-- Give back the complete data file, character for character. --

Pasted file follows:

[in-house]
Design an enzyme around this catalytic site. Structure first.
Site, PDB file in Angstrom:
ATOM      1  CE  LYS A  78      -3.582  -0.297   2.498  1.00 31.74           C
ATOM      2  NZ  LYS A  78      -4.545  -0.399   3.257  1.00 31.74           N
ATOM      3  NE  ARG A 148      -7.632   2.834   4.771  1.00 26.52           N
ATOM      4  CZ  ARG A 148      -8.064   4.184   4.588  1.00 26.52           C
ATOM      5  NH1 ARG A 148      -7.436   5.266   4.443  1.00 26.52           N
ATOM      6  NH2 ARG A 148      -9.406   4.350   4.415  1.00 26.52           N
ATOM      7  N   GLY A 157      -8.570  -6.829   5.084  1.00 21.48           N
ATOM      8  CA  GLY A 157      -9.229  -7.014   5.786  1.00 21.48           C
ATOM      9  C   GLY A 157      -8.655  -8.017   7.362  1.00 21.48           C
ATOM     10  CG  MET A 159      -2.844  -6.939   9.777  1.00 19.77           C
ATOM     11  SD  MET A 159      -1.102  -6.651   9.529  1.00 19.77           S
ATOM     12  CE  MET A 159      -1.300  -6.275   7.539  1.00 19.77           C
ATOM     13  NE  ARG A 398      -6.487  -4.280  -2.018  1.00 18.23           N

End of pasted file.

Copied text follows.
[in-house]
Design an enzyme around this catalytic site. Structure first.
Site, PDB file in Angstrom:
ATOM      1  CE  LYS A  78      -3.582  -0.297   2.498  1.00 31.74           C
ATOM      2  NZ  LYS A  78      -4.545  -0.399   3.257  1.00 31.74           N
ATOM      3  NE  ARG A 148      -7.632   2.834   4.771  1.00 26.52           N
ATOM      4  CZ  ARG A 148      -8.064   4.184   4.588  1.00 26.52           C
ATOM      5  NH1 ARG A 148      -7.436   5.266   4.443  1.00 26.52           N
ATOM      6  NH2 ARG A 148      -9.406   4.350   4.415  1.00 26.52           N
ATOM      7  N   GLY A 157      -8.570  -6.829   5.084  1.00 21.48           N
ATOM      8  CA  GLY A 157      -9.229  -7.014   5.786  1.00 21.48           C
ATOM      9  C   GLY A 157      -8.655  -8.017   7.362  1.00 21.48           C
ATOM     10  CG  MET A 159      -2.844  -6.939   9.777  1.00 19.77           C
ATOM     11  SD  MET A 159      -1.102  -6.651   9.529  1.00 19.77           S
ATOM     12  CE  MET A 159      -1.300  -6.275   7.539  1.00 19.77           C
ATOM     13  NE  ARG A 398      -6.487  -4.280  -2.018  1.00 18.23           N